Tax Refund Scams and How to Avoid Them

If you claim to the IRS that your tax refund check has not been received it is the responsibility of the IRS to prove that they mailed the check to the correct address. If the IRS is able to prove that they did indeed mail the check to you, it is then your responsibility to prove to the IRS that it was lost, stolen, or just simply never received by you. If you can in fact prove this to the IRS, they will issue you a new refund.

Form 3911 for Tax Refund Scams & Problems

If you ever are in this situation you must file Form 3911 which is the form used by a taxpayer to request a new tax refund check from the IRS. If your claim is valid and the IRS agrees with your claim they will simply mail you a new refund check. Below is Form 3911:

Example of Form 3911.


In very rare cases, there may be an error regarding a direct deposit. This error can either come from the IRS or your actual bank. Depending on who made the mistake in direct depositing your refund into the wrong account will bear the responsibility of fixing the problem. If the bank is the one that has misplaced your refund, you will have to work with the bank and not the IRS to request your money.

Tracking Your Refund

If you wish to check the status of your refund there are quite a few ways to go about it. The first is to call the IRS directly at 800-829-1954. This is the Hotline the IRS uses to give customer support to taxpayers that wish to know the status of their refund. The next way you can find information regarding the status of your refund is to visit and click on “Where’s My Refund?”. This will direct you to a webpage that can assist you in finding out everything you need to know about your federal tax refund.

A new way the IRS has developed for taxpayers to check the status of their refund is through a smartphone application called “IRS2GO”. Simply download the application to your smartphone, provide the necessary identification information and you will receive updates regarding your tax refund.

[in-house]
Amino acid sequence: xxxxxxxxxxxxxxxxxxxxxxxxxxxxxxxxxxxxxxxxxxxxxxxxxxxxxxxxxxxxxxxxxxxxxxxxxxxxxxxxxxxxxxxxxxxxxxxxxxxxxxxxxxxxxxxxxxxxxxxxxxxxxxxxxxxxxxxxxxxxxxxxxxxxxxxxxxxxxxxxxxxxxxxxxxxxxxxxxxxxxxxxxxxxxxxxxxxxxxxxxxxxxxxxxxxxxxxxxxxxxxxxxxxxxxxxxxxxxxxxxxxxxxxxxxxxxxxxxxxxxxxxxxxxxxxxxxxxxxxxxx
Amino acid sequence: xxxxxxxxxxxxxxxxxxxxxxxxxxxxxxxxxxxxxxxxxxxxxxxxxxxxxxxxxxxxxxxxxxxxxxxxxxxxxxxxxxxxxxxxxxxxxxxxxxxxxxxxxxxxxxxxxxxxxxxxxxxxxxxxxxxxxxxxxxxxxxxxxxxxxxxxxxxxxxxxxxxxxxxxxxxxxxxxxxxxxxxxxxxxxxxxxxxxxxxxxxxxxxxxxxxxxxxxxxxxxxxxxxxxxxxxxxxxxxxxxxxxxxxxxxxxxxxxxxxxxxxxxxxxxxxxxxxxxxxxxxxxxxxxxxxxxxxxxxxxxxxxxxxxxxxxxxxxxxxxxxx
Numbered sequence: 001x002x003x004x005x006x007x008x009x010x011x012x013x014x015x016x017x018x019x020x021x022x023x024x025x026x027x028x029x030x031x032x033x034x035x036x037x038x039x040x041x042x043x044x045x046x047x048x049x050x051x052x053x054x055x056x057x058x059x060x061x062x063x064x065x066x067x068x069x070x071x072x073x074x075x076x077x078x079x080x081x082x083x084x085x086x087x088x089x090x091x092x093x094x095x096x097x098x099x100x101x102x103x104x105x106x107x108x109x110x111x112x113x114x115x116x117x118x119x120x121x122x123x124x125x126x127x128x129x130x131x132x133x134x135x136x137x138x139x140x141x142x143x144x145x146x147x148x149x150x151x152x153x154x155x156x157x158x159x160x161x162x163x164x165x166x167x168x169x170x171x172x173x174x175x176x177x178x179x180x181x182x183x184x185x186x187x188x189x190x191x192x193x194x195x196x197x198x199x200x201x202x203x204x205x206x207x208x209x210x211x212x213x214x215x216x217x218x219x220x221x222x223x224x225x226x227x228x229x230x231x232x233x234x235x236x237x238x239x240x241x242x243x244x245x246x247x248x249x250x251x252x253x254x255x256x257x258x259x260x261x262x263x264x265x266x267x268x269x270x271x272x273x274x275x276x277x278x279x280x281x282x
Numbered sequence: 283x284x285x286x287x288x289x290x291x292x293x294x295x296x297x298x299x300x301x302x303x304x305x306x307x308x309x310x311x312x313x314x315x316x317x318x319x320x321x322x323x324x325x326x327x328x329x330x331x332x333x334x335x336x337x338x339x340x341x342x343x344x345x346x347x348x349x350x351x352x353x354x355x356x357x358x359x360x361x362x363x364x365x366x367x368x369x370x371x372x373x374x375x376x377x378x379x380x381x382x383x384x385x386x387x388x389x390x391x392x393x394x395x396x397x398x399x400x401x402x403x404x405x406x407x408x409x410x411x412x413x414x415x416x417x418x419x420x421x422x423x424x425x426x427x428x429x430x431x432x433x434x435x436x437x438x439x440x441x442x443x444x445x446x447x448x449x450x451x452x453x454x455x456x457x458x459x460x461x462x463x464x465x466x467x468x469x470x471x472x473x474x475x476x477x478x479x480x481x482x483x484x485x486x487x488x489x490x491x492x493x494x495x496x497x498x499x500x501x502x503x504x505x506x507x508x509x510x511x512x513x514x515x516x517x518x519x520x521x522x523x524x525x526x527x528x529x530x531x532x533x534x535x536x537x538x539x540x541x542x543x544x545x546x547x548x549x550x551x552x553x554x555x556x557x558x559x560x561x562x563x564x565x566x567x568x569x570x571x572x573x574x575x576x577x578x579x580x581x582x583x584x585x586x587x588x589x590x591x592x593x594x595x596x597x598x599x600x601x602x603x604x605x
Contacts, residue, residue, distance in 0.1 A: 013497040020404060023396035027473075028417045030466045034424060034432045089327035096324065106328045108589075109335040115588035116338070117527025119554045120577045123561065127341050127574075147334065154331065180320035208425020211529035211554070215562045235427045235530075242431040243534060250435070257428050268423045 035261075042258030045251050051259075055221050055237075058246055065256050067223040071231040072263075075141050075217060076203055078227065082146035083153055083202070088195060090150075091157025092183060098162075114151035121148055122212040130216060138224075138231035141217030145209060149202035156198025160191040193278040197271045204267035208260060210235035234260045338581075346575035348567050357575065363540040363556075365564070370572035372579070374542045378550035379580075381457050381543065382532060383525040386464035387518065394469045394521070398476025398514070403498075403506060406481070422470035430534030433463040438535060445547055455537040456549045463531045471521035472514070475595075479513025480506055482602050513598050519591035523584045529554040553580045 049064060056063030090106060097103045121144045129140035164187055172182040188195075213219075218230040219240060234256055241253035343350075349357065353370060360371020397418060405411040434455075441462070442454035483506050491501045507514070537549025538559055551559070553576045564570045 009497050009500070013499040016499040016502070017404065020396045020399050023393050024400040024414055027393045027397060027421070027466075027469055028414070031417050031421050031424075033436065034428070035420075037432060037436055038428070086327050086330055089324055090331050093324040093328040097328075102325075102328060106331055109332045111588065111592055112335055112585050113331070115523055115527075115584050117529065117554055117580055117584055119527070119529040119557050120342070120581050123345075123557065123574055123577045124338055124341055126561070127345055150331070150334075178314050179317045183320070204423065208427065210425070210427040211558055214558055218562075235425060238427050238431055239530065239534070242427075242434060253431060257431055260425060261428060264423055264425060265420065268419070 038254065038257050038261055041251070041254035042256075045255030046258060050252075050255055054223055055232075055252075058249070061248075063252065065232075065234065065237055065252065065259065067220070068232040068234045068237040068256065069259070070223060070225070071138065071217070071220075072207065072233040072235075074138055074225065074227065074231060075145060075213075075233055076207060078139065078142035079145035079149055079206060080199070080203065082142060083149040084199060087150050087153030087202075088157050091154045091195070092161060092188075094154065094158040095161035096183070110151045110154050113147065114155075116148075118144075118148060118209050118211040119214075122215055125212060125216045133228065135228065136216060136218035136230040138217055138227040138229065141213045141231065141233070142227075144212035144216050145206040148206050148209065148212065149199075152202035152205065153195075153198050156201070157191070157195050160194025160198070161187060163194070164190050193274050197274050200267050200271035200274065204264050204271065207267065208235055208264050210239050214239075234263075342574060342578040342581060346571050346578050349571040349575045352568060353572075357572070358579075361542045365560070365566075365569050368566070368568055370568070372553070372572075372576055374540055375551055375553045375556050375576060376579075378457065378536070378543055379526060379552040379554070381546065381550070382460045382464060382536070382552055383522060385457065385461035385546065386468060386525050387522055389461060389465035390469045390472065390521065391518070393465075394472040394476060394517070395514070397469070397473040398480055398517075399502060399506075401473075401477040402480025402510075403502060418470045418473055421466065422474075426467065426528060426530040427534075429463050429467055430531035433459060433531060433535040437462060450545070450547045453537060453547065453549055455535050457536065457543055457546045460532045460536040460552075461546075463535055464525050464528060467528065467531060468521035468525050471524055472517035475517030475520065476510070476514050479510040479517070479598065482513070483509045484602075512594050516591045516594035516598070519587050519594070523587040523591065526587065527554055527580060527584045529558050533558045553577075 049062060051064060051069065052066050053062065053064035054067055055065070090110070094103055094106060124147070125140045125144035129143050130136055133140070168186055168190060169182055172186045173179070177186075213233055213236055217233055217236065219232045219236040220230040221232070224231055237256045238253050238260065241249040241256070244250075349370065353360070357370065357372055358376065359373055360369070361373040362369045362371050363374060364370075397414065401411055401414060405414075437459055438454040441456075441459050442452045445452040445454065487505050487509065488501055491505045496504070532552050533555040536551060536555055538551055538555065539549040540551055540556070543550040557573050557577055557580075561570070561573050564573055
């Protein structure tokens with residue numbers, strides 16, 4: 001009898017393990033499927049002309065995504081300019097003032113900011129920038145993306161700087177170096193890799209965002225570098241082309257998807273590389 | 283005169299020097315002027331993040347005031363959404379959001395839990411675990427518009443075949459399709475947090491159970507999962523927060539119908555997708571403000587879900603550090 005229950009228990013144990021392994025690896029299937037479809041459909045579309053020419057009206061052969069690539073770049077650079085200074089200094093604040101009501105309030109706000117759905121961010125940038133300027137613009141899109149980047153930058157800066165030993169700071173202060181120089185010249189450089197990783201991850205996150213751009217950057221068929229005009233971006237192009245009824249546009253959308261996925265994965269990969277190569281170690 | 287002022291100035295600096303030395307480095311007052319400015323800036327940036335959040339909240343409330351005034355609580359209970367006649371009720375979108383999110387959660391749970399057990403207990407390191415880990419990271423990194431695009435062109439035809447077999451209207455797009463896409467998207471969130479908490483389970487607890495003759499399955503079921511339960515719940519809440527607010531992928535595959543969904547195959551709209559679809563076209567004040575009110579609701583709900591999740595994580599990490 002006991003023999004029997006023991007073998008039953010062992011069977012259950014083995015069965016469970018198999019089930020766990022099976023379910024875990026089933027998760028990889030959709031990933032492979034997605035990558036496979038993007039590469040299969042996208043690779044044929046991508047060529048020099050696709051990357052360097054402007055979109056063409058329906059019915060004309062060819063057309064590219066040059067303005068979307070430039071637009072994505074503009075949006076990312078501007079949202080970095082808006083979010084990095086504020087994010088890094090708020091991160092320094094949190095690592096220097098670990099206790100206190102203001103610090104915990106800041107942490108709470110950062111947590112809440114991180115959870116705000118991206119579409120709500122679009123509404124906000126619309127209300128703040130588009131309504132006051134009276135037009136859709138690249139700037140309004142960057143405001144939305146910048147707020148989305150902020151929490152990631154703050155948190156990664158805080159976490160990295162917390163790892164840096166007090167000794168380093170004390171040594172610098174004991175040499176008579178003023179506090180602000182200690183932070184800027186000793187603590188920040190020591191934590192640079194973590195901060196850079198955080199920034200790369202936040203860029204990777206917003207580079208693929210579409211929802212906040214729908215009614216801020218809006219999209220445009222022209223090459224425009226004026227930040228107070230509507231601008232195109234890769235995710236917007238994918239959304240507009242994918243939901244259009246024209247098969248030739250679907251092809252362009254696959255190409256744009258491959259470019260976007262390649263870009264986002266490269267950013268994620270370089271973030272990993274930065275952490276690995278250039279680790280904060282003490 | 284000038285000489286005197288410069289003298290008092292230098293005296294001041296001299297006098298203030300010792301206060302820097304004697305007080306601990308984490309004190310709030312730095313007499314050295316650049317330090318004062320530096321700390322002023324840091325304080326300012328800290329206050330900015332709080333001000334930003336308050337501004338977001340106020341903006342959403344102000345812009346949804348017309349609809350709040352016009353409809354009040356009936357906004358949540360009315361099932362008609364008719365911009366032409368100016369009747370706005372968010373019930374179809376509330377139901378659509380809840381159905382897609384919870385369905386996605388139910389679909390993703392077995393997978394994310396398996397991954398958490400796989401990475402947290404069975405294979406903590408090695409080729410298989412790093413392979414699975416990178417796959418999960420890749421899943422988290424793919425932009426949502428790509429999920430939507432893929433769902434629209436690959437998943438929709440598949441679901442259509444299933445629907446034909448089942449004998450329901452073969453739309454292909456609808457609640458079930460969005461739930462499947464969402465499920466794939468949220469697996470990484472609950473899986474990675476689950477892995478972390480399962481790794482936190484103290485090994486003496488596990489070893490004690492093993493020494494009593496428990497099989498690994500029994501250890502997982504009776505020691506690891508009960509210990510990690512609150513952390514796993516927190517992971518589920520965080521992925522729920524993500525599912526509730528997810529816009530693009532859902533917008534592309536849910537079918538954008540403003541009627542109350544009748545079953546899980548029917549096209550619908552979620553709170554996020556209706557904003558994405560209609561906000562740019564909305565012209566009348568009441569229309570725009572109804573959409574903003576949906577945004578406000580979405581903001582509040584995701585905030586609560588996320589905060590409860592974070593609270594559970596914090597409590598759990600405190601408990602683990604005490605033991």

Depending on when you actually filed your return should dictate when you should start requesting information about your tax refund. If you file your return by paper it is best practice to wait three to four weeks before calling or visiting the IRS website. If you file your return electronically, you should wait three to four days.

In some cases, you will check the status of your refund and be informed that it is going to be delayed for various reasons. Some of these reasons include math errors on your return that the IRS is going to have to spend extra time correcting, wrong identification information that does not match the IRS records, or failure to sign the tax return. There are many other reasons that could delay your refund from being sent to you but these are the main issues that come up year after year.

How to Avoid Tax Refund Scams

The main scams that you may run across during tax time involve email phishing and attacks against your computer to steal your personal and financial information. The IRS wants every taxpayer to know that it will never send you any type of email requesting passwords, identification information, bank information, tax return information, or any type of information that would be considered confidential and personal.

Make sure that if you get one of these emails that you forward it to This email was setup specifically for taxpayers to report email scams to the IRS in attempt to shut down various fraudulent organizations. It can be very hard to shut down all of the scams on the internet but any little help you can give to the IRS, the better.

If you receive a phone call regarding your tax return or other tax information, simply take down the information of the phone representative that is calling you and call the IRS directly. Do not assume that the person on the other line is actually an IRS employee. It is possible that they are just claiming to be an IRS employee to get personal information from you. It is better to verify their identity by calling the IRS back at their 1800 number.

About Paul Gaulkin CPA

Paul Gaulkin is a Certified Public Accountant and enrolled with the U.S. Treasury to practice before the IRS. Mr. Gaulkin possesses unique technical knowledge in the process of securing relief for taxpayers nationwide with IRS and State tax problems. With an accounting degree from Florida International University, he is able to transform complex tax and accounting problems into easy to understand solutions.

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